Since the bad reviews, business has only improved for Queenstown's Rees Hotel.
The wounding incriminations were discovered earlier this year: rooms reeking of smoke, grubby walls and sinking ceilings. It just didn't tally with the usual commendations the five-star hotel gets for immaculate rooms, breathtaking views and attentive staff.
But out of the scorn has come triumph. As it turned out, that negative feedback on the website of Travelocity, one of the world's largest online travel agents, rightly belonged to America's Best Value Inn in Midland, in the heart of the west Texas oilfields.
The site had inadvertently posted the five unflattering appraisals under the name of The Rees - a blunder that cost the luxury Queenstown hotel, with its Michelin-starred chef, an estimated 40 room nights a month for two years before it was spotted by the hotel's chief executive, Mark Rose.
But Rose says the stain on the hotel's reputation had a silver lining. "It was all due to a technical problem, not bad reviews. We got great media coverage from it - traffic to our site was up 40 per cent over this period - and now Travelocity are trying very hard. We've since gained a heap of business via their site," he says.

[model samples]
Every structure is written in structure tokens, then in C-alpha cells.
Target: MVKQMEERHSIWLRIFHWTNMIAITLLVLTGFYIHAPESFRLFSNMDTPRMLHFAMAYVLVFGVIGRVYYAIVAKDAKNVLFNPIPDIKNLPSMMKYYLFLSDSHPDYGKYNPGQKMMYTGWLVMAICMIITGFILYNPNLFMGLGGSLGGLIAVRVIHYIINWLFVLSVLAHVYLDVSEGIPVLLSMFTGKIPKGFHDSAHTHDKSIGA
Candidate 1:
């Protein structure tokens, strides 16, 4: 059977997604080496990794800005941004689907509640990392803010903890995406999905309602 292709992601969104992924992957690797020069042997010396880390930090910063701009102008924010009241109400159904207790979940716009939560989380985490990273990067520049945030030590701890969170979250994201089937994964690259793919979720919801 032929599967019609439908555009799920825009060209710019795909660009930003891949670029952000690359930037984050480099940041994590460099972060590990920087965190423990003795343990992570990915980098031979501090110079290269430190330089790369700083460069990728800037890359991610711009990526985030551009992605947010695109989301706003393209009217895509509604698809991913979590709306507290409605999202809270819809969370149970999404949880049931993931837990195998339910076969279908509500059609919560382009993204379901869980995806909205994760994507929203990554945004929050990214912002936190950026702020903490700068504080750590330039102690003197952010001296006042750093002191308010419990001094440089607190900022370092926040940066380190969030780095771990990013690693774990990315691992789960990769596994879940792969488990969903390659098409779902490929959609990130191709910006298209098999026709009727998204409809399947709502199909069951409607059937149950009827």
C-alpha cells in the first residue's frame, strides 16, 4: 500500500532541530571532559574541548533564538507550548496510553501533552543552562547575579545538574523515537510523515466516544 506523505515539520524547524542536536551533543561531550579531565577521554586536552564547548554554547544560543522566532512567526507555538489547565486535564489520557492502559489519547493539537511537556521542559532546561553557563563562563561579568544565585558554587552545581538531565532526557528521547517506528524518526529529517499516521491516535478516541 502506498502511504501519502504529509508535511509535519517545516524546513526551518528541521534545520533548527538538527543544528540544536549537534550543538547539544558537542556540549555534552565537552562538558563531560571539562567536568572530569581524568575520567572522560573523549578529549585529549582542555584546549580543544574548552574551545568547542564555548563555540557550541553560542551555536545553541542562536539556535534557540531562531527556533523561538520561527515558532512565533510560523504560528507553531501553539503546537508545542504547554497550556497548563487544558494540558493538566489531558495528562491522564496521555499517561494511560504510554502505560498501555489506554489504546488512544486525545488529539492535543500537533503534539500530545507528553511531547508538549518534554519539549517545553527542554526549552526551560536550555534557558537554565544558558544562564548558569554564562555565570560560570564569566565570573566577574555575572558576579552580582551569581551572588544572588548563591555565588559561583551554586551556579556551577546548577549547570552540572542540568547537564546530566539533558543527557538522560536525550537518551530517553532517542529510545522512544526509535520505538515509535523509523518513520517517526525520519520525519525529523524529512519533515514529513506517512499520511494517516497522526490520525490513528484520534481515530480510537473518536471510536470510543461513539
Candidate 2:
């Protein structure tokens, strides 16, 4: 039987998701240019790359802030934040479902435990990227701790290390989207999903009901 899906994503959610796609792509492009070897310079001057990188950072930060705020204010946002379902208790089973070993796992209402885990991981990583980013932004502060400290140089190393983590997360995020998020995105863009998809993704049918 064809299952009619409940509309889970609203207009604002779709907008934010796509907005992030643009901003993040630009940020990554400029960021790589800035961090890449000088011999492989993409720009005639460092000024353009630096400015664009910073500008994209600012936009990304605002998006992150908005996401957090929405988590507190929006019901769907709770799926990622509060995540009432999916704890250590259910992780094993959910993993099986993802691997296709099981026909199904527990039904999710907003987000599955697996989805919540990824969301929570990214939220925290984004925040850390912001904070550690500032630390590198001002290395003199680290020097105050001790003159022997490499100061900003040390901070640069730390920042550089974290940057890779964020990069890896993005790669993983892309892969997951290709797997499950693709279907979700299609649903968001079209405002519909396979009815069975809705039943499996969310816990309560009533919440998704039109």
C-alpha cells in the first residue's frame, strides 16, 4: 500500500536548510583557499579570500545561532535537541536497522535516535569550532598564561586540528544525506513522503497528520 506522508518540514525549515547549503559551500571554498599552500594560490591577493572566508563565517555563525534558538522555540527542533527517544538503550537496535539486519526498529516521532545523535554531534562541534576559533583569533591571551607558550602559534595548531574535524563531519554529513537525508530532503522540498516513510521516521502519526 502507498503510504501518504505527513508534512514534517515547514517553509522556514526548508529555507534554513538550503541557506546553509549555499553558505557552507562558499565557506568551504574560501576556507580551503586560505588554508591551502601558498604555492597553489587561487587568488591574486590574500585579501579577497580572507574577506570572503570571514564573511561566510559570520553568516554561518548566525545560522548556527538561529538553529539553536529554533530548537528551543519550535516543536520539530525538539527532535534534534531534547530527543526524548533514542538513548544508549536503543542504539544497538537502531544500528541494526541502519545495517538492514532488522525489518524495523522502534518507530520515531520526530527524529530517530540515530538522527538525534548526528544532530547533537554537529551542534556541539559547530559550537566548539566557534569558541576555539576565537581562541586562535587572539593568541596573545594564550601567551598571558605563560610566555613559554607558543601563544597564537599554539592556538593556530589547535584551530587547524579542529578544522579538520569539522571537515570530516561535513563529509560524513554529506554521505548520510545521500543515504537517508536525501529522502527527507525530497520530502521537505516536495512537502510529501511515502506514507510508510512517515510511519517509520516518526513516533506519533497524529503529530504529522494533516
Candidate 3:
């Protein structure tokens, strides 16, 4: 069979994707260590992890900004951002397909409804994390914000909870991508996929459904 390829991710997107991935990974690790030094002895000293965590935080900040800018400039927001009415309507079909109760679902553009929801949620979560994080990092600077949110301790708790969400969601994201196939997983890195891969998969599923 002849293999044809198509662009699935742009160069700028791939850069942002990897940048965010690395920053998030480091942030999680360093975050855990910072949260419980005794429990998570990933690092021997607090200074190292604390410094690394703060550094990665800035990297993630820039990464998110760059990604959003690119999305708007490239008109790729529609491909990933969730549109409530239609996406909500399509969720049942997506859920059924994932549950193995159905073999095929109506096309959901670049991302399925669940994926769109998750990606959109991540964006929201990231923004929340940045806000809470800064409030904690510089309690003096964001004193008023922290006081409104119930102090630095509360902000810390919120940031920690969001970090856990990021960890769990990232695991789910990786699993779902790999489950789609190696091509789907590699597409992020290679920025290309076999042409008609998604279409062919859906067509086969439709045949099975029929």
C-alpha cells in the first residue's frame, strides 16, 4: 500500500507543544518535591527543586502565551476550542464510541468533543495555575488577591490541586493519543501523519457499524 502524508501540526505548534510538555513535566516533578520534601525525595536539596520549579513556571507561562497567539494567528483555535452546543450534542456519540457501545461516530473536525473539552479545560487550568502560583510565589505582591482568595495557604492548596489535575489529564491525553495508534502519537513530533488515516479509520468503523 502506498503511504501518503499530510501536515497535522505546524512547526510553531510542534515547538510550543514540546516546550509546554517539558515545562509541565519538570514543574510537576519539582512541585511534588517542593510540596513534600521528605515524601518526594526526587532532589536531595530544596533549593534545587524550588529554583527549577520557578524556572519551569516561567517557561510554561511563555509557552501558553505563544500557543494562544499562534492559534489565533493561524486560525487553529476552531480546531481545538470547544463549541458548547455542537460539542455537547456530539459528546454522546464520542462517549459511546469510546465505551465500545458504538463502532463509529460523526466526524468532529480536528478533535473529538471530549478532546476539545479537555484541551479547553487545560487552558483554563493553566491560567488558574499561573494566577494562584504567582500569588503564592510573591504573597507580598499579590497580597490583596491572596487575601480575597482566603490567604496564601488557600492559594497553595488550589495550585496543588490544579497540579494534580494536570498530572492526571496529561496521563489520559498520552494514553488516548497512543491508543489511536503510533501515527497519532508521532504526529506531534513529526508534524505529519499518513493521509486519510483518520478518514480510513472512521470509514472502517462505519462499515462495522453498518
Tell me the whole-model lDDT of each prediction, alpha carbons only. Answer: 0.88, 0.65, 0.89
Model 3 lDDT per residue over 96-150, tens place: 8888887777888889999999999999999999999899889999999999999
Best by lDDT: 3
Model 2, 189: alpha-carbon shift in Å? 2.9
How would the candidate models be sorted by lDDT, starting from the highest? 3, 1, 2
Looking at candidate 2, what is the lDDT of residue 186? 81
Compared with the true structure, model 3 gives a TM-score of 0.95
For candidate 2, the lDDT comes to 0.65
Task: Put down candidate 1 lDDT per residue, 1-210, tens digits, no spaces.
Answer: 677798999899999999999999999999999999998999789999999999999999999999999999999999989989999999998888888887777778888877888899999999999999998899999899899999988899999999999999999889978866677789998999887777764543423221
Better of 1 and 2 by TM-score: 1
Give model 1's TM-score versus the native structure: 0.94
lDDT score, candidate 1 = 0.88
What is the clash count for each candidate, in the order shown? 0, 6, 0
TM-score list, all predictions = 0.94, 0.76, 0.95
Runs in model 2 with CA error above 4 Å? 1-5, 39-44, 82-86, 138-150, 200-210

Far from tainting his view of online consumer reviews, the mix-up has only highlighted how powerful the voice of the common man or woman is - especially when posted on the internet for anyone to see.
Consumers, it seems, are no longer happy to trust their own instincts, the glib words on a glossy brochure, or the verdict of a professional reviewer when it comes to buying or booking, either online or in-store. They would rather hear from someone who has tried it for themselves. The internet has also finally given consumers somewhere to vent their discontent about a product, or to deliver a bouquet.
It's a worldwide phenomenon, and one that New Zealanders are rapidly embracing. Nearly three-quarters of Kiwi internet users now read other consumers' product opinions before booking a holiday or buying a new computer, according to Nielsen's 2010 Social Media Report. Of those who hadn't yet, almost two-thirds said they intended to. Around 44 per cent had published their opinions on products, services and brands they'd experienced.
As Tony Boyte, research director for Nielsen's online business, predicted two years ago, the 1.92 million New Zealanders who at that stage were turning to fellow internet users for advice were just the beginning of an online revolution.
"New Zealanders' engagement with online word of mouth communication is going to increase in coming years as social media plays an increasingly important role in consumer decision-making," he said then. "The opportunities for brands and companies to tap into the social media phenomenon are really just beginning to emerge and to date we've only seen the tip of the iceberg."
Businesses are coming to realise that they cannot ignore the power of online consumer reviews. Hotels such as The Rees feature on some 40,000 travel websites across the globe, and Mark Rose knows their impact on bookings. "A site such as TripAdvisor has a huge effect on us, especially as we are an independent, with no central sales office or inducements," he says.